Wi-Fi Spectrum: ISM, U-NII, FCC Rules

Industrial wireless tutorials, Wi-Fi explanation: Wi-Fi is part of the 12 industrial, scientific, and medical (ISM) bands. Newer Wi-Fi standards allow for the bonding of multiple channels to allow up to 160 MHz wide channel combinations for faster data rates, multiple transceivers, and a theoretical throughput of up to 7 GBPS when the latest ratified Wi-Fi amendment, IEEE 802.11ac, is fully implemented.

07/16/2014


Figure 1: There are 12 industrial, scientific, and medical (ISM) bands. Of these, two are in use: the 26 MHz centered around 915 MHz, and the 100 MHz centered around 2.450 GHz. Currently, only the latter band is used for Wi-Fi. The former is used for deviWi-Fi operates within defined bands of frequencies as dictated by the Federal Communications Commission, specifically Part 15 of FCC rules. Wi-Fi operates in unlicensed frequency spectra, which means that anyone, within specified transmission power restrictions, can operate a transmitter within these bands.

There are 12 industrial, scientific, and medical (ISM) bands. Of these, two are in use: the 26 MHz centered around 915 MHz, and the 100 MHz centered around 2.450 GHz. Currently, only the latter band is used for Wi-Fi. The former is used for devices such as home automation (Zwave) and baby monitors. The 2.4 GHz band has a total of 14 channels, numbered 1-14. Channels 1-11 are allowed for use in the United States; 1-13 are used in Europe and Israel; 1-14 are used in Japan. Each channel is 22 MHz wide, with center frequencies of each channel separated by 5 MHz. As shown in Figure 1, only three channels do not overlap in the 11-channel model; therefore, only these channels can be used in a multi-channel architecture, or adjacent channel interference will render the network unusable.

As of this writing, there are 4 Unlicensed National Information Infrastructure bands (U-NII). There are a total of 23 U-NII channels available for use.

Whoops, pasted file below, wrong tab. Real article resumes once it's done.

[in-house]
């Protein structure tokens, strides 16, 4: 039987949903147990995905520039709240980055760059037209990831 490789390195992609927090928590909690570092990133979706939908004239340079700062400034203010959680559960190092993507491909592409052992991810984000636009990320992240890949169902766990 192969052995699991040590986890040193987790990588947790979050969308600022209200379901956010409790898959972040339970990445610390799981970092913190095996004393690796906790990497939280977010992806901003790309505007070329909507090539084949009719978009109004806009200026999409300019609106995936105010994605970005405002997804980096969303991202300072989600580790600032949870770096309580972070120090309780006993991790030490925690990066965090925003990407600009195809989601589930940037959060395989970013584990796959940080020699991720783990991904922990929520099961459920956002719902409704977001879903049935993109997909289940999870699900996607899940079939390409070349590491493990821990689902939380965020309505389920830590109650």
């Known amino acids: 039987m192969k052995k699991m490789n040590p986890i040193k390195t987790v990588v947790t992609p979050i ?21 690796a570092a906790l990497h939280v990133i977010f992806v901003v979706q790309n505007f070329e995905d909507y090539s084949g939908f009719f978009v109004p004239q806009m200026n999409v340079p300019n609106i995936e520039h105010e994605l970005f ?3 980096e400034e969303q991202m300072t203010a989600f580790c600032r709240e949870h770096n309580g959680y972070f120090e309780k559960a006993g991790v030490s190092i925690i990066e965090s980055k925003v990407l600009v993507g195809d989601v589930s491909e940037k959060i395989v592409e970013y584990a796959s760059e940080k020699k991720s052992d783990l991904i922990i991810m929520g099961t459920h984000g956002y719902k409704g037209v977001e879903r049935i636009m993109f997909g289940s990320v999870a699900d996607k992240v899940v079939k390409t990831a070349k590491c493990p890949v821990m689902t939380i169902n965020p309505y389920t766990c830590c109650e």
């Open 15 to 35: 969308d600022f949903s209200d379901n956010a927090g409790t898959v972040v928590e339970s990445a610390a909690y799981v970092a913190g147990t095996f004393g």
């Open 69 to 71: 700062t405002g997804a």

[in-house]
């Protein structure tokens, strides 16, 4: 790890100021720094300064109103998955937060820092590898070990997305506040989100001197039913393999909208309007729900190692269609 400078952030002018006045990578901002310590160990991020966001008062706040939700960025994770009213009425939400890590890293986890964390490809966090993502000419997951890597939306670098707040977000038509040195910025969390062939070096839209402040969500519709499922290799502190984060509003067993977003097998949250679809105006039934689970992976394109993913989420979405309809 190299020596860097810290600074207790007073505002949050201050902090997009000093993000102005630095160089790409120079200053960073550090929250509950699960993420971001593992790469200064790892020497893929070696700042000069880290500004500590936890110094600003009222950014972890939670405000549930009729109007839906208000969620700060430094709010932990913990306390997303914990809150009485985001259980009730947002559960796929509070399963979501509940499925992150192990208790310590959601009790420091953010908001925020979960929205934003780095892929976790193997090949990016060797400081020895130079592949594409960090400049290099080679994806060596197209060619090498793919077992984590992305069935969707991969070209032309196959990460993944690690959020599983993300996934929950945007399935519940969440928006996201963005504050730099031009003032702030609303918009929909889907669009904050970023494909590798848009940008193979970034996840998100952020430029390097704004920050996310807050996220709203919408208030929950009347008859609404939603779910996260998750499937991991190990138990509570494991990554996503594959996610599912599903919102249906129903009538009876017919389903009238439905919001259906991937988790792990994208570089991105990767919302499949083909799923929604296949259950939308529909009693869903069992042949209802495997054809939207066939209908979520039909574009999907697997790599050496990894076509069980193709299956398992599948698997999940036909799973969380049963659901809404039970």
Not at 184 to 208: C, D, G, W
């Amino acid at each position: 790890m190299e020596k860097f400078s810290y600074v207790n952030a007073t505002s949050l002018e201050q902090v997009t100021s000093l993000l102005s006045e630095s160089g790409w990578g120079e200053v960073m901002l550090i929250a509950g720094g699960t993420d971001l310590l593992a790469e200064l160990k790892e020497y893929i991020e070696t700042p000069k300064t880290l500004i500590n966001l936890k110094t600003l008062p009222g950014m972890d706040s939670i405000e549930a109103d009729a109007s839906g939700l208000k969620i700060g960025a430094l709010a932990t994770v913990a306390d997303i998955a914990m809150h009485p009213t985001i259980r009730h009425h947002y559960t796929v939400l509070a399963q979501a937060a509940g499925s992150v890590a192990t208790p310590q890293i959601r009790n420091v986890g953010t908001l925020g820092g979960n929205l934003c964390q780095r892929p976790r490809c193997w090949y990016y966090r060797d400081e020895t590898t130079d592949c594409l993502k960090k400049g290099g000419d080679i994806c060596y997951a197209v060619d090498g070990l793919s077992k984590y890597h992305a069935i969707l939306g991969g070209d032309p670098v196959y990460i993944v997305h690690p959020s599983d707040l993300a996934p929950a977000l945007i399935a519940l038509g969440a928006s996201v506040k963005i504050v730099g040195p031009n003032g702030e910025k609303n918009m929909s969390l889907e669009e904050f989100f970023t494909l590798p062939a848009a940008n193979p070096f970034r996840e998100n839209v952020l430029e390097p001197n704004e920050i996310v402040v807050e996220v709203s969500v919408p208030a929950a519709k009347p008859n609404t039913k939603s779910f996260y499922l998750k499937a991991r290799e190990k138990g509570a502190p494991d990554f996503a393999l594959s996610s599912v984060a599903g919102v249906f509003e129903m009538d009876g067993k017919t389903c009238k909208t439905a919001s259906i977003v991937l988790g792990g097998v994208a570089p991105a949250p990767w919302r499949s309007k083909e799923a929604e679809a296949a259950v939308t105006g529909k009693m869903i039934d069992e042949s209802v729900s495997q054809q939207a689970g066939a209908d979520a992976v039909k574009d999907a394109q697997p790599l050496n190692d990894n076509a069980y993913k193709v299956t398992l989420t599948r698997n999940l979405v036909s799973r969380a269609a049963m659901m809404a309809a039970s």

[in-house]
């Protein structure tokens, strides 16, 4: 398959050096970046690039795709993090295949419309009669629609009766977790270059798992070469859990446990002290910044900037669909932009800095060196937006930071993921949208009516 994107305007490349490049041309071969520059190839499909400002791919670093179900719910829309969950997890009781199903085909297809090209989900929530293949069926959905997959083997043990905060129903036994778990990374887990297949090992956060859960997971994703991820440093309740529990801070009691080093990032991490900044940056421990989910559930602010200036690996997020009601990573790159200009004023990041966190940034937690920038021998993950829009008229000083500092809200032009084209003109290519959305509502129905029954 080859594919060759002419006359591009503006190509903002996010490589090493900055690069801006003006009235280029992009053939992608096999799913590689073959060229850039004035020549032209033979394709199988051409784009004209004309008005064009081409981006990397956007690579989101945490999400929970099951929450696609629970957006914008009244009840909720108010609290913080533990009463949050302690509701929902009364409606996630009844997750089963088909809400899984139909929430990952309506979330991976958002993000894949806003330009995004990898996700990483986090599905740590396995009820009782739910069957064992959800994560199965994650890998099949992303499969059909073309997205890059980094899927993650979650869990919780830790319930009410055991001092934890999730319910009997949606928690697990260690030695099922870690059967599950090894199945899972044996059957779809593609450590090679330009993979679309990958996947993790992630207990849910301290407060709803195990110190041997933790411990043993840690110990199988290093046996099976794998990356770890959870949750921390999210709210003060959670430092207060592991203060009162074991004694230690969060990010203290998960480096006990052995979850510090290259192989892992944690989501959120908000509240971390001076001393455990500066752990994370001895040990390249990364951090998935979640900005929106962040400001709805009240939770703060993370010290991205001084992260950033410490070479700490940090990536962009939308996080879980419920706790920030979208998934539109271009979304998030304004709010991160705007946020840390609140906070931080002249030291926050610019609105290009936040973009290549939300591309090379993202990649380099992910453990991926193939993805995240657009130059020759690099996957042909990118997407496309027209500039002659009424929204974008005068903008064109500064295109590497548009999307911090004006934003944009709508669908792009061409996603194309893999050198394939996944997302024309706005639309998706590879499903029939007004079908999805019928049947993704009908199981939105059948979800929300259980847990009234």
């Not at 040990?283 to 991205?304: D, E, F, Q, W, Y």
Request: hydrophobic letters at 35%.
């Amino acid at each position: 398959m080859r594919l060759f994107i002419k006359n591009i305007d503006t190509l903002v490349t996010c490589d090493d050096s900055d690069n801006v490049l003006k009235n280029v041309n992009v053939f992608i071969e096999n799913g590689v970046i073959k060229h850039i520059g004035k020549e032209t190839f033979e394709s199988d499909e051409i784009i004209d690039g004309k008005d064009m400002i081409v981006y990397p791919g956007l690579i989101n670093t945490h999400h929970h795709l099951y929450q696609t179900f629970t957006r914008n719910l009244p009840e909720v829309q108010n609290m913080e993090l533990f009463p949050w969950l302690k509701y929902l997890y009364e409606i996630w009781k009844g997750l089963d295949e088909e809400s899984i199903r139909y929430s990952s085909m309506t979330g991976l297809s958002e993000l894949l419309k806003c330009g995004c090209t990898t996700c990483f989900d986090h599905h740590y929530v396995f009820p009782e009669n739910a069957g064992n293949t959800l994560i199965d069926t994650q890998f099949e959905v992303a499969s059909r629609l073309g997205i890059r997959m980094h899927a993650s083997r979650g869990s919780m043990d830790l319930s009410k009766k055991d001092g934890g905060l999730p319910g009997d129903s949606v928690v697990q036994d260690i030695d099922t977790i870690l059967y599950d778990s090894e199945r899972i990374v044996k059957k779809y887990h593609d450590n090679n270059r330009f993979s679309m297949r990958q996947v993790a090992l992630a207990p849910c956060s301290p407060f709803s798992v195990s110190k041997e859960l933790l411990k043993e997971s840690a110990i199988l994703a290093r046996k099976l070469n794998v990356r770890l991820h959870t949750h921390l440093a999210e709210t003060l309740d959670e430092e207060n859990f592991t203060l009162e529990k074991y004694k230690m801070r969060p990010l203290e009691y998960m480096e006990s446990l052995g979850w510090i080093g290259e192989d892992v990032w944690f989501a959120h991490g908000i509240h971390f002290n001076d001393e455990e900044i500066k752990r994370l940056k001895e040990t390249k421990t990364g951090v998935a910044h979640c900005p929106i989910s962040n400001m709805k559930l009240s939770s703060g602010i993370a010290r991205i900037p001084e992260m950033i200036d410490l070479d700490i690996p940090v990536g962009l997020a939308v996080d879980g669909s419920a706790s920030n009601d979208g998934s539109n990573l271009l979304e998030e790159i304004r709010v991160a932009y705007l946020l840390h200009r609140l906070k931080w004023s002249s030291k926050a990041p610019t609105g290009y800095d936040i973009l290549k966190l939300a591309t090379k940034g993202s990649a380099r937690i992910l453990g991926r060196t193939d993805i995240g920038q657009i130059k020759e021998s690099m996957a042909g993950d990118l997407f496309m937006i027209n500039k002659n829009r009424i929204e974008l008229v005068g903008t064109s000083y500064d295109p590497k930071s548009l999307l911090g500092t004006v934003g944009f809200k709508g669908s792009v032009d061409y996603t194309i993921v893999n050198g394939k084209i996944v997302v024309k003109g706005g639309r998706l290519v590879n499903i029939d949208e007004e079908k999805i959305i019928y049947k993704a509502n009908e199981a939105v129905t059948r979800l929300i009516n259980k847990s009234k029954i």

4 bands within 5 GHz

The four bands in the 5GHz spectrum are:

  • U-NII-1 (lower) comprises four 20 MHz channels, 36-48 in the 100 MHz 5.150-5.250 GHz band.
  • U-NII-2A (lower middle) comprises four 20 MHz channels, 52-64 in the 100 MHz 5.250-5.350 GHz band.
  • U-NII-2C (upper middle) comprises 11 20 MHz channels, 100-140 in the 250 MHz 5.470-5.725 GHz band.
  • U-NII-3 (upper) comprises four 20 MHz channels, 149-161 in the 100 MHz 5.725-5.825 GHz band.

Figure 2: As of this writing, there are 4 Unlicensed National Information Infrastructure bands (U-NII) and 23 U-NII channels available for use. All four bands operate under power restrictions, with U-NII-1 being relegated to indoor use only. A recent ruleAll four bands operate under power restrictions, with U-NII-1 being relegated to indoor use only. A recent rule change effectively opened up this band for general use, removing the indoor-only stricture, and allowing transmit power to rise to 1 W from 50 mW. For comparison, U-NII-2A and 2C can operate up to 250 mW, and U-NII-3 can operate up to 1 W. Another change will be to add ISM channel 165, at the center frequency of 5.825 GHz, to the U-NII-3 band, bringing another 25 MHz into play. 

More Wi-Fi bands proposed

Proposed new bands are under consideration by the FCC to add even more bandwidth for Wi-Fi use. U-NII-2B will add 120 MHz bandwidth in the 5.350-5.470 band. U-NII-4 will add another 75 MHz in the 5.850-5.925 GHz band.